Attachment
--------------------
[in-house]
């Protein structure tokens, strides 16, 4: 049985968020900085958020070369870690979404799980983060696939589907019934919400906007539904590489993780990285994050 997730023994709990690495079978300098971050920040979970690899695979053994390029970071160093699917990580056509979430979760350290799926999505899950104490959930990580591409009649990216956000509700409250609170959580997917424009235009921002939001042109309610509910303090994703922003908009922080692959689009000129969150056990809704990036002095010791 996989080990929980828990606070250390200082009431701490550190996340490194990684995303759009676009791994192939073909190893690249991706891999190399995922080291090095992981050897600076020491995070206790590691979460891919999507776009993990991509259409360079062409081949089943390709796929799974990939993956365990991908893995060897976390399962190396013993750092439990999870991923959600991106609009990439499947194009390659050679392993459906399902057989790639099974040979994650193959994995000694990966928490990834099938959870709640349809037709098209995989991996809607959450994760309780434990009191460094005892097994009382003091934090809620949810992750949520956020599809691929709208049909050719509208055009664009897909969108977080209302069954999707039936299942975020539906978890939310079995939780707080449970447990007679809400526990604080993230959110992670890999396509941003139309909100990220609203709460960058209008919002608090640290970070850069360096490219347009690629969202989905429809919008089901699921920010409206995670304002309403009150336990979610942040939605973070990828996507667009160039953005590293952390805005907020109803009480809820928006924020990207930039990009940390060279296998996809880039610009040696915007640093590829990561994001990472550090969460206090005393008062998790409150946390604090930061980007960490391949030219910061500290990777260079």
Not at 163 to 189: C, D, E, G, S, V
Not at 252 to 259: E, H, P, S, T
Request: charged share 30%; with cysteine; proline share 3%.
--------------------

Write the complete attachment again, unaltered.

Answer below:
[in-house]
């Protein structure tokens, strides 16, 4: 049985968020900085958020070369870690979404799980983060696939589907019934919400906007539904590489993780990285994050 997730023994709990690495079978300098971050920040979970690899695979053994390029970071160093699917990580056509979430979760350290799926999505899950104490959930990580591409009649990216956000509700409250609170959580997917424009235009921002939001042109309610509910303090994703922003908009922080692959689009000129969150056990809704990036002095010791 996989080990929980828990606070250390200082009431701490550190996340490194990684995303759009676009791994192939073909190893690249991706891999190399995922080291090095992981050897600076020491995070206790590691979460891919999507776009993990991509259409360079062409081949089943390709796929799974990939993956365990991908893995060897976390399962190396013993750092439990999870991923959600991106609009990439499947194009390659050679392993459906399902057989790639099974040979994650193959994995000694990966928490990834099938959870709640349809037709098209995989991996809607959450994760309780434990009191460094005892097994009382003091934090809620949810992750949520956020599809691929709208049909050719509208055009664009897909969108977080209302069954999707039936299942975020539906978890939310079995939780707080449970447990007679809400526990604080993230959110992670890999396509941003139309909100990220609203709460960058209008919002608090640290970070850069360096490219347009690629969202989905429809919008089901699921920010409206995670304002309403009150336990979610942040939605973070990828996507667009160039953005590293952390805005907020109803009480809820928006924020990207930039990009940390060279296998996809880039610009040696915007640093590829990561994001990472550090969460206090005393008062998790409150946390604090930061980007960490391949030219910061500290990777260079």
Not at 163 to 189: C, D, E, G, S, V
Not at 252 to 259: E, H, P, S, T
Request: charged share 30%; with cysteine; proline share 3%.